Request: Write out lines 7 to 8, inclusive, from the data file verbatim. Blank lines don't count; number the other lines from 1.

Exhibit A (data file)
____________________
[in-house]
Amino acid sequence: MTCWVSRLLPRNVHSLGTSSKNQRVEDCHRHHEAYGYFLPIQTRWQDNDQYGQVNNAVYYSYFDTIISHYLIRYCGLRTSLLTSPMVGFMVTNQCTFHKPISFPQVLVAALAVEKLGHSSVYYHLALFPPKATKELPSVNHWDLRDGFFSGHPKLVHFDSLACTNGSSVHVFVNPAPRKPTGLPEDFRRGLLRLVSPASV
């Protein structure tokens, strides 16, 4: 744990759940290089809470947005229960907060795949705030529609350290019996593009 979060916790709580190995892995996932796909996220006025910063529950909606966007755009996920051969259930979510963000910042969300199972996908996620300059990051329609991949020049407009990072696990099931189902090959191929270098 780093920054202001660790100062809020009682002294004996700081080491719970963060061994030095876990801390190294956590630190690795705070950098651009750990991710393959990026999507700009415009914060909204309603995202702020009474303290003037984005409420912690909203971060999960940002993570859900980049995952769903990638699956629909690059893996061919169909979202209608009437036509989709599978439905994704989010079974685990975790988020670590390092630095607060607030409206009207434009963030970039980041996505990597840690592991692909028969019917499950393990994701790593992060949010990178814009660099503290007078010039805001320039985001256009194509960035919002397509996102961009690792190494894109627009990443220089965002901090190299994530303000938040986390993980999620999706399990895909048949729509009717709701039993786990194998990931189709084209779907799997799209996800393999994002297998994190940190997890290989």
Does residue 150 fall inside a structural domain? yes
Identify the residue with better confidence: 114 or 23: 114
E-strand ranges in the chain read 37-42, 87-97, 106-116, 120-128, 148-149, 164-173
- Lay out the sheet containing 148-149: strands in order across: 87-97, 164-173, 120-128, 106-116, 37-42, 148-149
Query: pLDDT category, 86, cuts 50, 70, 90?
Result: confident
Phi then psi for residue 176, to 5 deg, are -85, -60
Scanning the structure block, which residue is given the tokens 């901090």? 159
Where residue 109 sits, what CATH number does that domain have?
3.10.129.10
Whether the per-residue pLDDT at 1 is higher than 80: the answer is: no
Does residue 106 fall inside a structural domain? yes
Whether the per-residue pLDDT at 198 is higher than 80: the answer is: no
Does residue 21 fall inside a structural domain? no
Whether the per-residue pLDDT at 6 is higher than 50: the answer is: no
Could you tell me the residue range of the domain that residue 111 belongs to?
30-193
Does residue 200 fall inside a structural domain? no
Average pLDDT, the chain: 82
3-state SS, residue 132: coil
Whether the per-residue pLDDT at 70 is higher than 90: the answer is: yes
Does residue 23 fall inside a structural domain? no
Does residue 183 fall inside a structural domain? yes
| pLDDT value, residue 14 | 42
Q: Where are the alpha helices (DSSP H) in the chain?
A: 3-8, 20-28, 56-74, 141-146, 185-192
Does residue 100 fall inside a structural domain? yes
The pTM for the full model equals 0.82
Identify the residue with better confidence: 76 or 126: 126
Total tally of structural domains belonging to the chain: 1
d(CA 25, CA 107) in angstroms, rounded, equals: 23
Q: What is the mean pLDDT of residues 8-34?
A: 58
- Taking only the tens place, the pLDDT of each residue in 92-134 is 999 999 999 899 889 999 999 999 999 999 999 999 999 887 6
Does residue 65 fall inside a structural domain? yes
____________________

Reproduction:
- Lay out the sheet containing 148-149: strands in order across: 87-97, 164-173, 120-128, 106-116, 37-42, 148-149
Query: pLDDT category, 86, cuts 50, 70, 90?